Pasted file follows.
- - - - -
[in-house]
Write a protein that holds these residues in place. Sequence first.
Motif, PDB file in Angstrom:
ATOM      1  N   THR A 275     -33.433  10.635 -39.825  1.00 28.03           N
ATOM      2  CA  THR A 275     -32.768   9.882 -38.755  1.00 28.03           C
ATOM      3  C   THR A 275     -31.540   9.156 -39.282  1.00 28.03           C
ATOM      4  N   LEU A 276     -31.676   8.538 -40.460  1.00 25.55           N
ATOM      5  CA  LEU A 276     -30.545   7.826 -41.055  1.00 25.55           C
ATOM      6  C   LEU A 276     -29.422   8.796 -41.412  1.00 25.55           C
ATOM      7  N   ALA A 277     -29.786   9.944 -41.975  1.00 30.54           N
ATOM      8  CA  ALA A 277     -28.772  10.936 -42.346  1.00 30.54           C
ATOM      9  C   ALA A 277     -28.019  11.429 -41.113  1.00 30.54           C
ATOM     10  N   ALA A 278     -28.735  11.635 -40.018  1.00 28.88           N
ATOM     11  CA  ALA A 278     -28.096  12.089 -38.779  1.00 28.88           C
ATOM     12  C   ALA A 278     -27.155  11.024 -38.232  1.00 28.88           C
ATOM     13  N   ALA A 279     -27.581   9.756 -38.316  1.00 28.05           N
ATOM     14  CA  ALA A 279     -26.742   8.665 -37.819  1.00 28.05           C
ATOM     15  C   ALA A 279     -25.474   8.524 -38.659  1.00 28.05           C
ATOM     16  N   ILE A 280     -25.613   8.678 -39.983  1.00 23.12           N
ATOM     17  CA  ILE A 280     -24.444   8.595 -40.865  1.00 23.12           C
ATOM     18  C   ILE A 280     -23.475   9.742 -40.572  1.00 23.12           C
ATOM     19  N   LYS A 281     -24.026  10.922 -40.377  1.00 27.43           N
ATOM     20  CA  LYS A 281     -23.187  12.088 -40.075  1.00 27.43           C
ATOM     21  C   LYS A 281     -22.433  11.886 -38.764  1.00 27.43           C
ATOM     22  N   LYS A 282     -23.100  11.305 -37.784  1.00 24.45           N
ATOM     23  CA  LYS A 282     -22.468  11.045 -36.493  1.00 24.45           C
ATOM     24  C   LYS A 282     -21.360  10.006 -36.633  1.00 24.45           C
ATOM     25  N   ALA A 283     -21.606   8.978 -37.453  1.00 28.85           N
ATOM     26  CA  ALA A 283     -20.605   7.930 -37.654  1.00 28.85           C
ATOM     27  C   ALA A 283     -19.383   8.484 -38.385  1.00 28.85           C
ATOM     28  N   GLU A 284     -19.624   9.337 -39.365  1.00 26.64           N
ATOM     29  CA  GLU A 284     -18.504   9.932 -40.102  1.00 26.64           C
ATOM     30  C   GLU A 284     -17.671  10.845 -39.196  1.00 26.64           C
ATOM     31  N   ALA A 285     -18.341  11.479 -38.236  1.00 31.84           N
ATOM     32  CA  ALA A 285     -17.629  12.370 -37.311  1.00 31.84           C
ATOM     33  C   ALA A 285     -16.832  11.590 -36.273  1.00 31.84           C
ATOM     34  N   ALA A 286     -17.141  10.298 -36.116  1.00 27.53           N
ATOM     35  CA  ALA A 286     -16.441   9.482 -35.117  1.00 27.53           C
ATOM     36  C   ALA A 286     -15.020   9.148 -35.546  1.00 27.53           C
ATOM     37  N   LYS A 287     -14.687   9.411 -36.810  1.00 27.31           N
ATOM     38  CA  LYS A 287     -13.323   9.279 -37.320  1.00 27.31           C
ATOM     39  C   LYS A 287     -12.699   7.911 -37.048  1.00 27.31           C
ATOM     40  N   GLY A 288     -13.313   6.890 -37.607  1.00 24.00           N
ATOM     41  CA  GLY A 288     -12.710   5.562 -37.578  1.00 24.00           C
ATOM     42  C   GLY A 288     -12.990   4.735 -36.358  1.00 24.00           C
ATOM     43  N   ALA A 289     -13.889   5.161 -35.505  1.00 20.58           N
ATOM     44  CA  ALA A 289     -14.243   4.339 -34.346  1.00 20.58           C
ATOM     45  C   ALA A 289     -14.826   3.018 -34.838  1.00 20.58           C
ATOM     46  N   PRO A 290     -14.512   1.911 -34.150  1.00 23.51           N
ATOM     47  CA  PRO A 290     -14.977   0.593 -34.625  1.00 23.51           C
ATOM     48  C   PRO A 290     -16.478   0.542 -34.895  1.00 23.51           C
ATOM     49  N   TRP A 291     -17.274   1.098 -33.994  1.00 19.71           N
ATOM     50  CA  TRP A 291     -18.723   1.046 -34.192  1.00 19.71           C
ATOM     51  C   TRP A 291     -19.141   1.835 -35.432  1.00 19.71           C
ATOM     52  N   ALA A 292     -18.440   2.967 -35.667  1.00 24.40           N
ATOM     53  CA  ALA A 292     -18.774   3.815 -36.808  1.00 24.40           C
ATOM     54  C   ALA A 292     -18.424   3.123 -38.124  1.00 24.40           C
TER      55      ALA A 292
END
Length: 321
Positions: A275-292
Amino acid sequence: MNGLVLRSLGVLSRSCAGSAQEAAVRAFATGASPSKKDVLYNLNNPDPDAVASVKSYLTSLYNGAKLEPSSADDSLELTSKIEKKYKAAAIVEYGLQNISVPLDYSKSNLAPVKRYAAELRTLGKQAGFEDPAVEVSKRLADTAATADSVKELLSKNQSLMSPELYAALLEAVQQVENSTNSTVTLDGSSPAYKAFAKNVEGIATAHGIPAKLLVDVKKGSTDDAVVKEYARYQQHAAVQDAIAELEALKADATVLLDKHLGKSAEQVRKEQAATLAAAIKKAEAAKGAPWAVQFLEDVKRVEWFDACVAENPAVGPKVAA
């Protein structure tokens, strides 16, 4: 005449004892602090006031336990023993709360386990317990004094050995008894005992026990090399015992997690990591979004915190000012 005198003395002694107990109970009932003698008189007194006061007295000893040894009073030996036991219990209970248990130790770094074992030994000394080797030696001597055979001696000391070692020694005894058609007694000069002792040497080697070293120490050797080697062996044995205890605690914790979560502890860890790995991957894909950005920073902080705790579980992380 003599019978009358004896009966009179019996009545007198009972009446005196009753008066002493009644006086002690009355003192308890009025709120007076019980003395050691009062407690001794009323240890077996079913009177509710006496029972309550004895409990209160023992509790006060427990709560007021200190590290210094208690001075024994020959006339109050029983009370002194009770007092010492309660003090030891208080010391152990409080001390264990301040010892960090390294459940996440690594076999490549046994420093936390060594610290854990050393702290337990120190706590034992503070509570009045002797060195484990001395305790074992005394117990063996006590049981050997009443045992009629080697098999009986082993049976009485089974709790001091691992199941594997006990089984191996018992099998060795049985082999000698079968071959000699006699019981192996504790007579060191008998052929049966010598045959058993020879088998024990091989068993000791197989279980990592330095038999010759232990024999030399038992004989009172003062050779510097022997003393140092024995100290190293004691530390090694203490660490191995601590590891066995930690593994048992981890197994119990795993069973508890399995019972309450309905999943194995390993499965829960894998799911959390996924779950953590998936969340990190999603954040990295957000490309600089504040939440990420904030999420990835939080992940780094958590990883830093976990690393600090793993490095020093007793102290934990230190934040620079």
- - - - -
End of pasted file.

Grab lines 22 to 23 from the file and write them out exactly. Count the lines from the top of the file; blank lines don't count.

ATOM     19  N   LYS A 281     -24.026  10.922 -40.377  1.00 27.43           N
ATOM     20  CA  LYS A 281     -23.187  12.088 -40.075  1.00 27.43           C